notes on 1:3-5

See the general remarks on this series of oracles.

People and places

Damascus was the major Syrian city, as in others of this series of oracles one city stands for the nation.

Gilead is the hilly region south of Bashan and north of Moab in the Transjordan. Since the king's highway passed through this rocky, mountainous and forested region Israel's neighbors desired it. Both the Syrians (north) and the Ammonites (south) tried to take control (Jud 10:8; 1 Kings 22:3).

Hazael was an officer of Ben-hadad, but assassinated him to take the throne of Damascus (2 Kings 8:15). Assyrian records call him ‘son of nobody’ since he was an upstart, they note defeats by Shalmaneser III in 841 and 837.

Despite this he took Gilead (2 Kings 10:32). However his son, called Ben-hadad (like his predecessor), lost the conquered Israelite territory (2 Kings 13:25).

These Syrian kings lived about a century before Amos. This makes it probable that the prophet is not naming these two, but kings of the same names who are contemporary (Ben-hadad - son of the god Hadad - was a regular name for kings of Damascus)Wolff p.154-156.

The Valley of Aven and Beth-eden probably mean something like "Sin Valley" and "House of Pleasure". We cannot, therefore, identify the sites Amos means, but can capture the flavor of his sarcasm.

Kir was the place where Tiglath-Pileser, somewhat later, chose to exile his captives from Damascus (2 Kings 16:9). In 9:7 Amos speaks of Kir as their place of origin too. Amos does not suggest similar "poetic justice" for Israel's coming exile always seeing Assyria as agent and place of exile, however his near contemporary Hosea suggests a "return to Egypt" (Hos 8:13; 9:3 etc.).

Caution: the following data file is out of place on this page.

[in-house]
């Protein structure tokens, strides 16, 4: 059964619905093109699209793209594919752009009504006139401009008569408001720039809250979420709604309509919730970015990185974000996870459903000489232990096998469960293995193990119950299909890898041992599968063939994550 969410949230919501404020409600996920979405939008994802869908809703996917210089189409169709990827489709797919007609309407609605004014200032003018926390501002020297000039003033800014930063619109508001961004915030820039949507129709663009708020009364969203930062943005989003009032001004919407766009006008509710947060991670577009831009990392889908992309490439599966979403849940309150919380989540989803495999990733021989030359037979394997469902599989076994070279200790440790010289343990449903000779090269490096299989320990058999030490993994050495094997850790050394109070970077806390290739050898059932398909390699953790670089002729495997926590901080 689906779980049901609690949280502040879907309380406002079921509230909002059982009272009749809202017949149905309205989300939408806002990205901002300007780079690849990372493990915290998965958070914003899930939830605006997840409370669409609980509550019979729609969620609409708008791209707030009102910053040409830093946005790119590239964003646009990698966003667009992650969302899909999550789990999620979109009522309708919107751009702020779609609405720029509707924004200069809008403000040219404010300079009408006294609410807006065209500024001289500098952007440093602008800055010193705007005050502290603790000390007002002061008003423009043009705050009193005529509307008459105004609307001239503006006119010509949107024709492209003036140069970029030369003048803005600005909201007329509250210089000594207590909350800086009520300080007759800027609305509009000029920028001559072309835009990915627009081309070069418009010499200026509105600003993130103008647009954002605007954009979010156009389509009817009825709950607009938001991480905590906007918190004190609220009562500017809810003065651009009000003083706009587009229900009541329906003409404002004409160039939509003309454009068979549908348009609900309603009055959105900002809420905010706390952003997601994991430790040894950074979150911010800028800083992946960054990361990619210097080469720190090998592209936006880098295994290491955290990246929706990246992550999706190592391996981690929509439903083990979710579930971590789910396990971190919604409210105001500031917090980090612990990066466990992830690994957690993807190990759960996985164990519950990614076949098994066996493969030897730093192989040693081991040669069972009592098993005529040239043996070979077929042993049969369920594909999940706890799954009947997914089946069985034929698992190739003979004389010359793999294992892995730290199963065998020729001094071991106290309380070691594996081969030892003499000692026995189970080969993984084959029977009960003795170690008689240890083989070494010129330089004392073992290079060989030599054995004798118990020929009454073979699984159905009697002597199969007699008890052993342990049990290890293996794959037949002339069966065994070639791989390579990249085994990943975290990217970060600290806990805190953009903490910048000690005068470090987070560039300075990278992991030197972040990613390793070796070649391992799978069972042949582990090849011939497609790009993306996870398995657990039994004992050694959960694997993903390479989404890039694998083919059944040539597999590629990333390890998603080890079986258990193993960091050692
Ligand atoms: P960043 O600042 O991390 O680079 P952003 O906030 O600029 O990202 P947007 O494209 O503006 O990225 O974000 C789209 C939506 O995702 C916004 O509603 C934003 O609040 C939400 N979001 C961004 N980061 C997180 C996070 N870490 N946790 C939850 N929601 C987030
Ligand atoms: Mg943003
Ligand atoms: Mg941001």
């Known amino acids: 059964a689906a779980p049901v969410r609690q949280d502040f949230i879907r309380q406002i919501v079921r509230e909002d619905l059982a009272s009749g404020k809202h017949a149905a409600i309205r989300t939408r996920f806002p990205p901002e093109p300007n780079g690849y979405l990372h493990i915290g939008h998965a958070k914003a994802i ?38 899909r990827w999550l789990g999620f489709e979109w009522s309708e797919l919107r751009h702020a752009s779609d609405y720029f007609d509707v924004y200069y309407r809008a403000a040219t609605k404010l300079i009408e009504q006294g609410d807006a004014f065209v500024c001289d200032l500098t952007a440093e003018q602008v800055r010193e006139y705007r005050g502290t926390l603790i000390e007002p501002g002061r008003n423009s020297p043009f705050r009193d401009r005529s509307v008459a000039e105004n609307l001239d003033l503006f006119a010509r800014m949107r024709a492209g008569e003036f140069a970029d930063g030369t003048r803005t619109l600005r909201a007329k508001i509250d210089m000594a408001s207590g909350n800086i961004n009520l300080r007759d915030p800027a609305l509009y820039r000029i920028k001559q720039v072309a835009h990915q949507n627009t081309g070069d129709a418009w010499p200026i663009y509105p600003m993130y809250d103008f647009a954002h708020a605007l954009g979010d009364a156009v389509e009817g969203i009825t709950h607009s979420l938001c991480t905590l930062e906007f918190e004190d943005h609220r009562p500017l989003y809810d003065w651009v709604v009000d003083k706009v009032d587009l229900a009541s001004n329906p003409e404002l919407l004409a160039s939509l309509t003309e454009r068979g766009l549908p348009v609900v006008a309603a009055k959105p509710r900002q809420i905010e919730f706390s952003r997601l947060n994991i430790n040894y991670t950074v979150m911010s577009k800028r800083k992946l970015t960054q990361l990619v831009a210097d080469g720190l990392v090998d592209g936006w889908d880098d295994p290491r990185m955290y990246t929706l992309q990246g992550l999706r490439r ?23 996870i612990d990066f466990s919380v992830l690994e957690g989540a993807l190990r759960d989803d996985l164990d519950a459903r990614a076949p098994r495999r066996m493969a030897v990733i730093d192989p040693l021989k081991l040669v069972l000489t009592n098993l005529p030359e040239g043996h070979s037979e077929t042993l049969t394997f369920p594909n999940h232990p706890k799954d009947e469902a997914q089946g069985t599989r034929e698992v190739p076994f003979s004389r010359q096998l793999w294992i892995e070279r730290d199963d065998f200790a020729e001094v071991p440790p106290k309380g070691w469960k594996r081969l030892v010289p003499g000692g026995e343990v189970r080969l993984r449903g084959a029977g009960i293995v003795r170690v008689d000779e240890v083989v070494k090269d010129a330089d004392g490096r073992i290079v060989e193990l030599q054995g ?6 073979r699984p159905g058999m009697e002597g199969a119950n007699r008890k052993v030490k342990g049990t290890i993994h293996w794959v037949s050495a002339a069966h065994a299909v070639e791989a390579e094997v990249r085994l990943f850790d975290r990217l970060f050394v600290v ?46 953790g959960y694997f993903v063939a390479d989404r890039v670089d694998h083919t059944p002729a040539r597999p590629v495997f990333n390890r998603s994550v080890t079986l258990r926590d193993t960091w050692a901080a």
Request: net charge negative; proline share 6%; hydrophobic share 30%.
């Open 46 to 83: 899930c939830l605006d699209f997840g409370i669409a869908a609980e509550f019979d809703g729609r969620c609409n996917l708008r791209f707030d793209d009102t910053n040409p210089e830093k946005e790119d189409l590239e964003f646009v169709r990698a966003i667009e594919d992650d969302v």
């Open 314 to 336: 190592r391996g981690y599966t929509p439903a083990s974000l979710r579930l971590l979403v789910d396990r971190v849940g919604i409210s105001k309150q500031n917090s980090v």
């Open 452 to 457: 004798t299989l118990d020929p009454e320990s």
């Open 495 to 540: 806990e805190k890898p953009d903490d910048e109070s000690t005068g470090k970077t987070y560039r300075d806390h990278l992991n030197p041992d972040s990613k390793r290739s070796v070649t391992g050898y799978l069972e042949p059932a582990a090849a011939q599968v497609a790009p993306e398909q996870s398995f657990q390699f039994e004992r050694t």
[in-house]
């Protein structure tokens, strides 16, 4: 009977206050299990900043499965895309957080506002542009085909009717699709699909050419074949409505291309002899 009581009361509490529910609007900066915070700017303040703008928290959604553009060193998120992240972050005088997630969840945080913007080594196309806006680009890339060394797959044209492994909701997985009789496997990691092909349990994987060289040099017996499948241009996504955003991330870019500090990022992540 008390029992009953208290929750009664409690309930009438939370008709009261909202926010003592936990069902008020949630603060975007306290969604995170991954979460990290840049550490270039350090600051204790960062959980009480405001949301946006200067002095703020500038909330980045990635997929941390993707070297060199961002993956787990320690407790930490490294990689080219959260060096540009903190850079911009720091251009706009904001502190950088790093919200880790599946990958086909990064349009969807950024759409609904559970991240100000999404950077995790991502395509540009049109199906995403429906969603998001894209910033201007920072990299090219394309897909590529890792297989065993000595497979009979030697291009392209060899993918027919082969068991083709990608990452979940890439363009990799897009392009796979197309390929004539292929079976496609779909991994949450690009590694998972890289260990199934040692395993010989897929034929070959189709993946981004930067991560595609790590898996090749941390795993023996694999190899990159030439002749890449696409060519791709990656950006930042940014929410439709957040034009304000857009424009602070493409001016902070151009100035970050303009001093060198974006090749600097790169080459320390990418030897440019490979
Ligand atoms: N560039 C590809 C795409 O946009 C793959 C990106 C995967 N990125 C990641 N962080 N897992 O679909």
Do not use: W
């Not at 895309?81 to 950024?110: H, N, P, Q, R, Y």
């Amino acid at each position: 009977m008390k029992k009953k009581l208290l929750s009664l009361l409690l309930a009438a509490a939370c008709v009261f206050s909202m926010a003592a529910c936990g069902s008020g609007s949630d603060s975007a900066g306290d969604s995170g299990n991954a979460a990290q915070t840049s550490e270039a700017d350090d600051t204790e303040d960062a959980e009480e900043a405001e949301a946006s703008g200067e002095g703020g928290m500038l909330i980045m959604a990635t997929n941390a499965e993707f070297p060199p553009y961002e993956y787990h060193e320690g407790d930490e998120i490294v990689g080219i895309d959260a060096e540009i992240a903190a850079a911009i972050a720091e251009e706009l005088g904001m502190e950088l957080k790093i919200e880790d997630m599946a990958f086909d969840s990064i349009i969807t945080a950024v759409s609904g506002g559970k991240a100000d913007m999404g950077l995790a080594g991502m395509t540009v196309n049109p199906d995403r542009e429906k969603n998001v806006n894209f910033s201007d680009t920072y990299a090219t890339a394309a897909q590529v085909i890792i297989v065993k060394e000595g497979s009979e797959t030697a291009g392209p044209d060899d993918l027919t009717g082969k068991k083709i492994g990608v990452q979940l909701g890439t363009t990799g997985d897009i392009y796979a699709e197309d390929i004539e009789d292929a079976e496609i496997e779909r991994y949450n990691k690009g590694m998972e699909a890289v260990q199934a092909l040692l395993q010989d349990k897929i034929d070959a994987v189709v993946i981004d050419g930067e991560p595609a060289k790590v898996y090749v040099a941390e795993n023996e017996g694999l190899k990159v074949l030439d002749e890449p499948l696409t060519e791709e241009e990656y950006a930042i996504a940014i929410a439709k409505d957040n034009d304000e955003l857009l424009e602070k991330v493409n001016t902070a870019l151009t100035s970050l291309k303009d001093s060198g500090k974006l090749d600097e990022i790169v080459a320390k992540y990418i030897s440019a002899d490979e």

Language and Imagery

Threshing as the action of separating grain and stalks easily suggests judgment (Isaiah 21:9; 41:15; cf. 28:27; Micah 4:12). A usual method was using an animal, either on its own (the hoofs performing the separation), or dragging a sledge, often with specially sharpened underside. Job 41:26 likens Leviathan's belly to such a sledge:

Two Assyrian texts provide close parallels to this language. Tiglath-Pileser I claimed "the land Bit-Amukkani I threshed as with a threshing implement..." and goes on to speak of exile (Barton, p19) while Esarhaddon speaks of "plowing" but stresses the use of an "iron" implement (ANET, p.539).

Fire is a frequent punishment in Amos, and particularly in these oracles: 1:4, 7, 10, 12, 14; 2:2, 5; 4:11; 7:4. Probably, at least here, the context is not "fire from heaven" as the cotext suggests military defeat. A close parallel to this verse is the claim of Shalmaneser III to have "thrown fire into the palaces" of the ruler of another Syrian state, Hamath (ANET, 278).

The ruler, paralleling the one who grasps the scepter, both expressions seem to refer to the king of the people referred to, though the word I have rendered "ruler" might simply mean "the one who lives/is seated in" (cf. e.g. Tsumura). Notice that the punishment falls on the ruler, the citadel, the defensive walls and gate particularly, this fits with the notion of war and conquest as does the other punishment mentioned, exile.

 


 

This page is part of the Hypertext Bible Commentary - Amos,
© Tim Bulkeley, 1996-2005, Tim Bulkeley. All rights reserved.